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Studying Cordyceps in Bhutan
Collection of cordyceps depending on weather conditions
Collection of cordyceps, used as an ingredient in traditional medicine, cannot be fixed for a particular season but will vary from year to year depending on weather conditions, according to a team of experts that recently visited the cordyceps growing sites in Lingzhi.
Addressing the officials of the agriculture ministry, a biotech researcher from Thailand, Dr. Nigel Hywel-Jones, said that temperature was the most important criteria in development of the upper fungus part of cordyceps.

If winters are colder and longer than usual then the development of the fungus is affected, he said. "Since there is no metabolic activity when temperature is very low the fungus hibernate and doesn't grow," said a plant expert.

Apart from elevation and temperature, the time during which the cordyceps are collected affects the quality of the cordyceps, according to Dr. Nigel Hywel-Jones. "Immature cordyceps are rated the most excellent, while maturing and matured cordyceps are rated barely acceptable and poor in quality," said Dr. Nigel Hywel-Jones.

Starting 2002 the research project funded by Darwin initiative, UK, is trying to study the life cycle of the cordycep larvae for sustainable management of the cordyceps.

A plant advisor from Renewable Natural Resources Center, Tshitila tsiad that Bhutan lacked scientific knowledge and data on the cordycep. "The right extraction rate, right collection time and right post harvest methods must be known for a sustainable harvest," he said.

Cordyceps Sinensis
There are 400 species in the genus Cordyceps. Very few of these During the visit to Lingzhi, live caterpillar were collected some of which will be taken to the UK for research and some left in the research center in Yusipang, to identify the host species of cordycep sinensis and also to identify the host plants of the caterpillars in Bhutan. About four different species of plants suspected of being the host plant for the caterpillars were noted during the visit.

"The plants will be planted in the herb garden in Yusipang and Lingzhi for further research," said RNR officials.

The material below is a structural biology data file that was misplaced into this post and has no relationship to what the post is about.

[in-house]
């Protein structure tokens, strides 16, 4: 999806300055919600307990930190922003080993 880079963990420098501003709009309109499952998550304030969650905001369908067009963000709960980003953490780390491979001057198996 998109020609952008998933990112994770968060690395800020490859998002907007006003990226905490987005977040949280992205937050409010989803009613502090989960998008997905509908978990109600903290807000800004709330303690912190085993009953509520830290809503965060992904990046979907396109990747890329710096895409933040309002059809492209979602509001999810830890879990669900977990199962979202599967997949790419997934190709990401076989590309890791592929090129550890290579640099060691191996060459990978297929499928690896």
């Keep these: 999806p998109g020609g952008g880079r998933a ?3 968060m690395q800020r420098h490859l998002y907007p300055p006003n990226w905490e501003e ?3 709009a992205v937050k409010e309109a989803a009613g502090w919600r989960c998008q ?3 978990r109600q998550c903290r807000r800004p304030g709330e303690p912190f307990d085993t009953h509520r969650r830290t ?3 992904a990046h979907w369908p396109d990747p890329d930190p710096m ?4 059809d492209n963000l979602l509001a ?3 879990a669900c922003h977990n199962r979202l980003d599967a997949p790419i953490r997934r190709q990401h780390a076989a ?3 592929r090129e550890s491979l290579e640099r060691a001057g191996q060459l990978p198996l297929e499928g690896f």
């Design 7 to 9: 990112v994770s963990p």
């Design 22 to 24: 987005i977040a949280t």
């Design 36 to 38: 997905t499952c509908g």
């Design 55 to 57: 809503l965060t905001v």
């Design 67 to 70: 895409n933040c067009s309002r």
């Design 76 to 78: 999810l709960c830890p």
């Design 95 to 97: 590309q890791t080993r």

The research, RNR officials said, was a step towards sustainable management of cordyceps through rearing of the species which according to experts was a hard and long process.

Farmers could also benefit from the research. Officials said that if cordyceps harvesting was made feasible farmers could earn cash income.

Meanwhile the agriculture ministry, to reduce the impact on the wild plant, limited the collection period to June and also restricted the number of permits to a maximum of two in some cordyceps harvesting villages and one in other villages.

While the team could not exactly say whether cordyceps were being collected indiscriminately, they observed that the density of the cordyceps growth were about 5 per square meter which was more compared to other neighbouring countries of similar altitude having one cordyceps per square meter.

The collectors had also informed the team that the growth of cordyceps fluctuated from year to year. Extinction of the species was, however, near impossible experts said. "Even though the cordyceps are collected in huge numbers there are always some undetected cordyceps in pocket areas that would disperse thousands of spores," said Tshitila adding that the number of growth for the next season, however, would be affected.

This article was contributed by Kinley Wangmo, Kuensel, 2005

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